A few days ago, I read a plethora of news stories about how Will Ferrell was planning to play an Alzheimer’s-striken Ronald Reagan in a comedy.
Yeah, a comedy. I had to read this in several sources before I believed the news was legitimate. It just seemed like a strange project. I can’t even say I was offended when I first read about this. I was just…confused.
Reagan’s daughter seemed to learn this news at the same time as the rest of the world. She wasn’t pleased. I can’t blame her.
She penned a letter to Ferrell:
Ferrell pulled out of the project, and his camp downplayed his interest in participating in the movie. I’ve read news reports that he had only read a script to see if he might be interested. However, other reports indicate he was considering producing the movie.
I did happen to read about a few samples scenes from the script. One scene has a Reagan referring to a wardrobe assistant named Libby, saying “I want Libby out! No more Libby!” In the movie, this would lead to a confused Reagan bombing Libya.
This got me thinking about a few things that annoy me… I frequently hear people joking about having OCD (obsessive compulsive disorder)–when they don’t have OCD. Someone on Facebook mentions that they are staying home to clean on Friday night because they have OCD. Or they say that they like to see the lines on the carpet after they vacuum because they have OCD. But they do not have OCD. It seems harmless enough…unless you think about the people whose lives are debilitated because they actually do have diagnosed and severe OCD. Please don’t say you have OCD because you like to be organized and enjoy having a clean house. It’s not funny or cute. OCD is an illness. If you don’t have it, be grateful.
I know someone who always says she has ADHD (attention deficit hyperactivity disorder). She says makes comments about her “ADHD” on social media. She talks about how she can’t stay on the treadmill more than 30 miles–because she has ADHD. She gets bored in yoga–because she has ADHD. She can’t eat the same thing for lunch two days in a row–because she has ADHD. But she doesn’t have ADHD. None of these “symptoms” truly disrupt her life, and she’s never been diagnosed with ADHD. I would expect that someone who actually had ADHD might be offended by her disregard of what ADHD is and the struggles it causes.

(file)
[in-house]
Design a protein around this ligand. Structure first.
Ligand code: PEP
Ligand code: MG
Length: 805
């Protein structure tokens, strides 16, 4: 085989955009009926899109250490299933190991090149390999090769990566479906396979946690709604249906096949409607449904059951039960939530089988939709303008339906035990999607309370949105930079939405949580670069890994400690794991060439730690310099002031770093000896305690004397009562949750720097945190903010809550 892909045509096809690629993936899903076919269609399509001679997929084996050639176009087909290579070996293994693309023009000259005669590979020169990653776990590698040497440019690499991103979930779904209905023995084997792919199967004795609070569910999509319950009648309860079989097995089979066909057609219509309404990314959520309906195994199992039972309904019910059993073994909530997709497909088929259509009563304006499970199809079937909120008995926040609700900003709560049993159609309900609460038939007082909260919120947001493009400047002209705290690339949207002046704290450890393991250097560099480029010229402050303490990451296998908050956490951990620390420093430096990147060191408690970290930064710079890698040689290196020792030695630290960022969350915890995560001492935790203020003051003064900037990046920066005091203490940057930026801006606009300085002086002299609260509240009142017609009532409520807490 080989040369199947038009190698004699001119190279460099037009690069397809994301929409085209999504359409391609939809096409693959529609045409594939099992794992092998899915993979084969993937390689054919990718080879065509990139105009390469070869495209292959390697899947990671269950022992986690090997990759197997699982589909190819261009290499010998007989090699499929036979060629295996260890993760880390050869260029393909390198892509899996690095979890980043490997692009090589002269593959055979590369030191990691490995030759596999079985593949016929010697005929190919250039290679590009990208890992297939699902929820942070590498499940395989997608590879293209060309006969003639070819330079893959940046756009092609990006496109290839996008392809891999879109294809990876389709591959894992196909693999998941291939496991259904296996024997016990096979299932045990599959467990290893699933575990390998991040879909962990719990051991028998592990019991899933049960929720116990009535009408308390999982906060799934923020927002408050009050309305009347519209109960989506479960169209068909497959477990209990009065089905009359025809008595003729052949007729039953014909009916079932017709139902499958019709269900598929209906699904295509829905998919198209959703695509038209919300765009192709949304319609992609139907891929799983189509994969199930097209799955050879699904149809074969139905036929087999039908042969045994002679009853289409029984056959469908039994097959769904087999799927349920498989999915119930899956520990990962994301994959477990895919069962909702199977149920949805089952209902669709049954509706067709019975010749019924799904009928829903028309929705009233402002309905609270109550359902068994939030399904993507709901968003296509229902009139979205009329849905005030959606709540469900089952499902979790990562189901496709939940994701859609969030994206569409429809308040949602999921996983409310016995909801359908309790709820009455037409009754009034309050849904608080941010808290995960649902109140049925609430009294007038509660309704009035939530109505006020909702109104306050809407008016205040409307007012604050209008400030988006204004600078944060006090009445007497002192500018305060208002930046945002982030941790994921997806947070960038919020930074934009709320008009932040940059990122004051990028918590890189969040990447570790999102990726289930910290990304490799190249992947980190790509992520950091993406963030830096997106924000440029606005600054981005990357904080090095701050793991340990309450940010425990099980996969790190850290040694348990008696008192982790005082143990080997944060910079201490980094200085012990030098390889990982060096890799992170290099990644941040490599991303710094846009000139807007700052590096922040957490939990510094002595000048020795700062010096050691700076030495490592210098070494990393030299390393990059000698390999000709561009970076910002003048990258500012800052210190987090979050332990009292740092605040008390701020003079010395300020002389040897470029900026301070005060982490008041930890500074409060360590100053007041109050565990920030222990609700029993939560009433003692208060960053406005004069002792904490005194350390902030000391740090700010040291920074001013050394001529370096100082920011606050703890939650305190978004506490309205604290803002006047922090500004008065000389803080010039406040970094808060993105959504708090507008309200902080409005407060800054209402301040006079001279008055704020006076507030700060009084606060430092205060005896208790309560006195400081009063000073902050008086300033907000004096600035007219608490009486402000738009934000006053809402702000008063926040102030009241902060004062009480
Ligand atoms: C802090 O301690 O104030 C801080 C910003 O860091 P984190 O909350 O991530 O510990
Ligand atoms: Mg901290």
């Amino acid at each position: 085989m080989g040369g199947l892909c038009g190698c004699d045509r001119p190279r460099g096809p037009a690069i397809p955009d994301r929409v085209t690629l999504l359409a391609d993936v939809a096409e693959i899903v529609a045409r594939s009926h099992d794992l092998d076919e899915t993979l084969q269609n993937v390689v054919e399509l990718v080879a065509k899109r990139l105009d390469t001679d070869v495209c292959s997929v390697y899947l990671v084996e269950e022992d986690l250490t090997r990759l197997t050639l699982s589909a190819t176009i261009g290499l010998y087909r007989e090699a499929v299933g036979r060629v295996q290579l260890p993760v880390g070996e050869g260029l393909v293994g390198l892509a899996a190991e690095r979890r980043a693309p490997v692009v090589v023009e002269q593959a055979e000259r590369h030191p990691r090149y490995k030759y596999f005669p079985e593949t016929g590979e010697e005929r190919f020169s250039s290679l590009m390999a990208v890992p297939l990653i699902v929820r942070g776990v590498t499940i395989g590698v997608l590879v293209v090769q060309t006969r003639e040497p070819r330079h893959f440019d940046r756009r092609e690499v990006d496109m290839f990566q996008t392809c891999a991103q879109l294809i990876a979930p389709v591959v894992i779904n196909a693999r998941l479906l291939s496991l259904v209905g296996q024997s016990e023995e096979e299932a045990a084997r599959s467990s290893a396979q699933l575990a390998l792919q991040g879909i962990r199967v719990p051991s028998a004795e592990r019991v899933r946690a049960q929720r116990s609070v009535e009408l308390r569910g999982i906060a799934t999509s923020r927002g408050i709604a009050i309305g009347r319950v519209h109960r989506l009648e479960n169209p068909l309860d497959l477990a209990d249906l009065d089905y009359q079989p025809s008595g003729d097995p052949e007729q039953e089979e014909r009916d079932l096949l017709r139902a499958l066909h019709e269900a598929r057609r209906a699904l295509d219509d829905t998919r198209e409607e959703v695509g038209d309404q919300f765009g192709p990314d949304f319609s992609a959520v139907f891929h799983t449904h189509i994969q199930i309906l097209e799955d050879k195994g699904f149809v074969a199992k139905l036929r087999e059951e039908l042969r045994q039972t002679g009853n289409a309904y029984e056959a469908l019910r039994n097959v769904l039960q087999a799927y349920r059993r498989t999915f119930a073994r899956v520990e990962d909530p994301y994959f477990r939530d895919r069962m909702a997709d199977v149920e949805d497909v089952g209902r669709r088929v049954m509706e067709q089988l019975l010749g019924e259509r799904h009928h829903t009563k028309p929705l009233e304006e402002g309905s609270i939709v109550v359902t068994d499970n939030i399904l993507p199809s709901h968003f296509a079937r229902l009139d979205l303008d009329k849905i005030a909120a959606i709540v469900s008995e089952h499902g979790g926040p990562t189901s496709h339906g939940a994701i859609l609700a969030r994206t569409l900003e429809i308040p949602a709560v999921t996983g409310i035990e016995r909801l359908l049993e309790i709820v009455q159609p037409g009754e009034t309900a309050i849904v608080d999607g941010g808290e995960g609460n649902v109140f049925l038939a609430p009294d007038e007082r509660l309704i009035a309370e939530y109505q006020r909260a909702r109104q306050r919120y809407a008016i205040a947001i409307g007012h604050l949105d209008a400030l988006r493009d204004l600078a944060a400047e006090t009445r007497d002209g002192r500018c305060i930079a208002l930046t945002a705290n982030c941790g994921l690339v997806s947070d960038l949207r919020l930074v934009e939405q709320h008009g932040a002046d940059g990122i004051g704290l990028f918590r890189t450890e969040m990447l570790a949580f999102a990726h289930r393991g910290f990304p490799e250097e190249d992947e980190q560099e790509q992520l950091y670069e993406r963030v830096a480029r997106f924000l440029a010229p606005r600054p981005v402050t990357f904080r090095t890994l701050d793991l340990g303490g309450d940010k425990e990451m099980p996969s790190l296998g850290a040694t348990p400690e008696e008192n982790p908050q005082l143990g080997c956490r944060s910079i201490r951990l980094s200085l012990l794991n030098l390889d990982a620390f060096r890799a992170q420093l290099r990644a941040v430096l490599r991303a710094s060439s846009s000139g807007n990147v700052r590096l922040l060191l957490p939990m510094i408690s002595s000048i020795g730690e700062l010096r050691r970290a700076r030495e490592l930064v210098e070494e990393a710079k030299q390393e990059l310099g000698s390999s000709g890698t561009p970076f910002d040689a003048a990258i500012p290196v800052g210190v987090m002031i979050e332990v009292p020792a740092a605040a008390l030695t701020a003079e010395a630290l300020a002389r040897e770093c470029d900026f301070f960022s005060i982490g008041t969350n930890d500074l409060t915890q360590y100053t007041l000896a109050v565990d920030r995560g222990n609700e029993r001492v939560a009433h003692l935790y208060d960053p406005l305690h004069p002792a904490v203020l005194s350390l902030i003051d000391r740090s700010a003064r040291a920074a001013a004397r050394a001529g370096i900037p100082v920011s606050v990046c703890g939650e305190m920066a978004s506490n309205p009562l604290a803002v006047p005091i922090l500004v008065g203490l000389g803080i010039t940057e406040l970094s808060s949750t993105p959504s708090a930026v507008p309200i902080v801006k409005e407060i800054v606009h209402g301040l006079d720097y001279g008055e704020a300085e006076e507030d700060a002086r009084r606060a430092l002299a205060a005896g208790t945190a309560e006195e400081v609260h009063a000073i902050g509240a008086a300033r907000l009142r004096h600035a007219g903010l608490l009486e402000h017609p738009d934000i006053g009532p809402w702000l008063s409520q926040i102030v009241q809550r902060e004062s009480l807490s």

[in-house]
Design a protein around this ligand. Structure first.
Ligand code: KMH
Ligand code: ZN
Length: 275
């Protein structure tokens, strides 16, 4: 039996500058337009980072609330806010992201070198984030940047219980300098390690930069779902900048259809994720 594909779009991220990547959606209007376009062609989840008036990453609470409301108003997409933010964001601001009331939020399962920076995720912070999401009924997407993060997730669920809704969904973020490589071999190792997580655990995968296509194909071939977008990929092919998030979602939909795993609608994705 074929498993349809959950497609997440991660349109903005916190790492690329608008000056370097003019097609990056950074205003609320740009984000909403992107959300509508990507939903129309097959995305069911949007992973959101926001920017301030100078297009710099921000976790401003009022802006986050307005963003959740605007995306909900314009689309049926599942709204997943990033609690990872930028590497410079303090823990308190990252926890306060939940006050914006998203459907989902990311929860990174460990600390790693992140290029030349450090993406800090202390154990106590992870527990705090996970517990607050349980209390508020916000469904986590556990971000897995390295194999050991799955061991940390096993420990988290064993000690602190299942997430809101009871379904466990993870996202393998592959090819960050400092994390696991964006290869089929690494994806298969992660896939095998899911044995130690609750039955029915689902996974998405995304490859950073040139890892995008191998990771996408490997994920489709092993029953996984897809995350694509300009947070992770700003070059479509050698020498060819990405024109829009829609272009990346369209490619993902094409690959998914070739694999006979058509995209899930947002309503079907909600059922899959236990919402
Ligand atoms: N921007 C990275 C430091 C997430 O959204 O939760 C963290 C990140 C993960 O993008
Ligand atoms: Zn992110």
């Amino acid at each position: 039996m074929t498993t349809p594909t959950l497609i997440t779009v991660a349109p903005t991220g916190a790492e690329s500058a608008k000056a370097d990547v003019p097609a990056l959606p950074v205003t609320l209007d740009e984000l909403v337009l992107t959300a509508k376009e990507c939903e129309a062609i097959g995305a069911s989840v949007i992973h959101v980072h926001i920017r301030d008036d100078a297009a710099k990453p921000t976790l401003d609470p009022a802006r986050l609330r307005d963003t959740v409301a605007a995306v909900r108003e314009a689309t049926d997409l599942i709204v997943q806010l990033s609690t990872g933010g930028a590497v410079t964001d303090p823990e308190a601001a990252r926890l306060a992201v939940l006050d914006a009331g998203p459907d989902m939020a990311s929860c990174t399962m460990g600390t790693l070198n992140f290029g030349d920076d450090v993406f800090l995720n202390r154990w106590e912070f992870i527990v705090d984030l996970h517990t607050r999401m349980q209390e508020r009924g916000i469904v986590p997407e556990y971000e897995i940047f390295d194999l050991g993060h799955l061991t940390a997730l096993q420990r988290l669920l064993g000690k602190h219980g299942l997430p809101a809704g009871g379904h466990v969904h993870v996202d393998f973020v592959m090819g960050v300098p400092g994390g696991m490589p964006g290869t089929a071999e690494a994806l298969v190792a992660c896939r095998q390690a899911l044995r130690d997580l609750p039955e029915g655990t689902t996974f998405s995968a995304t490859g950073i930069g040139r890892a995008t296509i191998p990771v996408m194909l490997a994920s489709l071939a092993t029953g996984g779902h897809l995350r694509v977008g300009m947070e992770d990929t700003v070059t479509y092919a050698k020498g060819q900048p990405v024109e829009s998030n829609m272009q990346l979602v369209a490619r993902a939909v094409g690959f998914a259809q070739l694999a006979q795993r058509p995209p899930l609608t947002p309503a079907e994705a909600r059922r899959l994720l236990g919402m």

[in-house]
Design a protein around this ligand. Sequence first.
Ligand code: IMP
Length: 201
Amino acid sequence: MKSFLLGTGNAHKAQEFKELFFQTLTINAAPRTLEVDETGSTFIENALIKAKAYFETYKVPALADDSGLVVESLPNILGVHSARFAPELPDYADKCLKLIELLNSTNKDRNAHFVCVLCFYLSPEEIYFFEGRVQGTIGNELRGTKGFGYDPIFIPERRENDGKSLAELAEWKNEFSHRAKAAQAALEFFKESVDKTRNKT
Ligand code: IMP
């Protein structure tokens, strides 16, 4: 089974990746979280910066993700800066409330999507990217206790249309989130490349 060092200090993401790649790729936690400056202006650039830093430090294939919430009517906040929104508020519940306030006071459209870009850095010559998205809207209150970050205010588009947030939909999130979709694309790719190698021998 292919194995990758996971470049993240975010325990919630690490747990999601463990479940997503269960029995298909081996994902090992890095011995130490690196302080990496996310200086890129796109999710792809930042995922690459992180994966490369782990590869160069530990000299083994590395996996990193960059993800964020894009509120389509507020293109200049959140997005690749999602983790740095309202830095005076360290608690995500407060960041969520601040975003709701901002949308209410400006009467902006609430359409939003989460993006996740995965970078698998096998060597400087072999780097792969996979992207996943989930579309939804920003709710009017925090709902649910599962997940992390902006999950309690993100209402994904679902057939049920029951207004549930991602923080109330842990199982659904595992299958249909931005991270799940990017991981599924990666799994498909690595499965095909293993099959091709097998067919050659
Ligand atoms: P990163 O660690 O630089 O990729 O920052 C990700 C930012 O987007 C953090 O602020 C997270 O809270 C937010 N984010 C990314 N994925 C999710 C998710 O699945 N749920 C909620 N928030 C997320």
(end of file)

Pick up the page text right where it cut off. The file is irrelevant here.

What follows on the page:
I find it interesting that people always make Alzheimer’s jokes around me. If they can’t remember something, they say they must have Alzheimer’s, and then they laugh. (It’s not even a creative joke, people. I hear it all the time. Come up with something better.)
Let me put this in a different context…
What if I had a bad cough and starting telling people I had cystic fibrosis–and expecting them to think I was cute and funny?
What if I had a pain in my stomach and continually made jokes about having cancer? What if I did this around people who actually had cancer or people who had lost loved ones to cancer?
What if I had a tension headache and kept referring to it on Facebook as “my brain tumor” even though I had not seen a doctor and there had been no mention of a tumor?
To be fair, I’ve been known to refer to humor as my religion. I can find humor in almost anything. Without this skill, I don’t know if I’d survive in this world.
But finding humor in a situation is different than seeing someone else’s life as a comedy. I tell my dementia families that it’s okay to laugh. In fact, it’s good to laugh. They succeed when they find humor in a difficult situation. But that doesn’t make dementia a comedy.